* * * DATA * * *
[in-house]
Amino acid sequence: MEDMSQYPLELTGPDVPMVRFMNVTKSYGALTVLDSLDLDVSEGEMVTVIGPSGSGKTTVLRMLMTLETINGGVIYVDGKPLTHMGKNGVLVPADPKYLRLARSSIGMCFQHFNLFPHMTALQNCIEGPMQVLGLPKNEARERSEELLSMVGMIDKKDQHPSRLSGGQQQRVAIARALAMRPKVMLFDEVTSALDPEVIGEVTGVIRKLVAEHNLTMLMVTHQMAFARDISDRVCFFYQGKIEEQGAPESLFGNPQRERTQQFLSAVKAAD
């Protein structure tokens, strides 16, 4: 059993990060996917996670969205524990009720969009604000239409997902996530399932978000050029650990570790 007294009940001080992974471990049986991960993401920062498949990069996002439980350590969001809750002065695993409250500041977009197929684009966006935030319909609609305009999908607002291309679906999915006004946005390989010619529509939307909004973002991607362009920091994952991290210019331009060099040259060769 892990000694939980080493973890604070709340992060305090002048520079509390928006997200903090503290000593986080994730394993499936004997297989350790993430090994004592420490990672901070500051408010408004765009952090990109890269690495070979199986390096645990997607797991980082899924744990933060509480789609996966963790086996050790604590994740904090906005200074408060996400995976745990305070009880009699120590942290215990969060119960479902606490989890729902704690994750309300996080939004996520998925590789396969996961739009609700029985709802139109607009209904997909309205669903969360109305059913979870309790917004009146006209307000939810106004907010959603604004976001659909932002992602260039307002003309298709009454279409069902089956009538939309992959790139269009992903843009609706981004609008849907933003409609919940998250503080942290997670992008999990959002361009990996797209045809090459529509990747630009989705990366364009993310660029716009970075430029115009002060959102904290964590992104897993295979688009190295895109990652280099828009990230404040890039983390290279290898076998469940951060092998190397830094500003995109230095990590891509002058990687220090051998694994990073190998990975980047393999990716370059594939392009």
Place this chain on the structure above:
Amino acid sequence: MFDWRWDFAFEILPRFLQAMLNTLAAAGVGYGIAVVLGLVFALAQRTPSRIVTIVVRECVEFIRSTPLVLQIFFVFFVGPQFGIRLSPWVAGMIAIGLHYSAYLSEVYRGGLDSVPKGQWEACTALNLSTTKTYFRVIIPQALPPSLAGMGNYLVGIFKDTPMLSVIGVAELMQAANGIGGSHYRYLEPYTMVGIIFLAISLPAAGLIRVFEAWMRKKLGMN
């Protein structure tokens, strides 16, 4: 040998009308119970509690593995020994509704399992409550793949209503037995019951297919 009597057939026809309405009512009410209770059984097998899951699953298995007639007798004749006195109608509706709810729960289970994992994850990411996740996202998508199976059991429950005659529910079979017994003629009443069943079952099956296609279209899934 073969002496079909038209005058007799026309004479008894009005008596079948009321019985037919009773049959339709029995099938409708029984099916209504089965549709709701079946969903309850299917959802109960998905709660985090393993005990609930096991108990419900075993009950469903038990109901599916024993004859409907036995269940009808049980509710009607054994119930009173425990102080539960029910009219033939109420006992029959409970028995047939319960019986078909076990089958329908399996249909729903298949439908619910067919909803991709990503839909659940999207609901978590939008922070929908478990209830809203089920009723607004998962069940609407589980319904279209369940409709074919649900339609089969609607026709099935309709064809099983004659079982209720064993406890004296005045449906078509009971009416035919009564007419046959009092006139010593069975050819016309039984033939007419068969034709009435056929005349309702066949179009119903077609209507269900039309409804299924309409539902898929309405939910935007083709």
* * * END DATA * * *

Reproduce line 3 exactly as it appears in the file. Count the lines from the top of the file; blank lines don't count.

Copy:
């Protein structure tokens, strides 16, 4: 059993990060996917996670969205524990009720969009604000239409997902996530399932978000050029650990570790 007294009940001080992974471990049986991960993401920062498949990069996002439980350590969001809750002065695993409250500041977009197929684009966006935030319909609609305009999908607002291309679906999915006004946005390989010619529509939307909004973002991607362009920091994952991290210019331009060099040259060769 892990000694939980080493973890604070709340992060305090002048520079509390928006997200903090503290000593986080994730394993499936004997297989350790993430090994004592420490990672901070500051408010408004765009952090990109890269690495070979199986390096645990997607797991980082899924744990933060509480789609996966963790086996050790604590994740904090906005200074408060996400995976745990305070009880009699120590942290215990969060119960479902606490989890729902704690994750309300996080939004996520998925590789396969996961739009609700029985709802139109607009209904997909309205669903969360109305059913979870309790917004009146006209307000939810106004907010959603604004976001659909932002992602260039307002003309298709009454279409069902089956009538939309992959790139269009992903843009609706981004609008849907933003409609919940998250503080942290997670992008999990959002361009990996797209045809090459529509990747630009989705990366364009993310660029716009970075430029115009002060959102904290964590992104897993295979688009190295895109990652280099828009990230404040890039983390290279290898076998469940951060092998190397830094500003995109230095990590891509002058990687220090051998694994990073190998990975980047393999990716370059594939392009």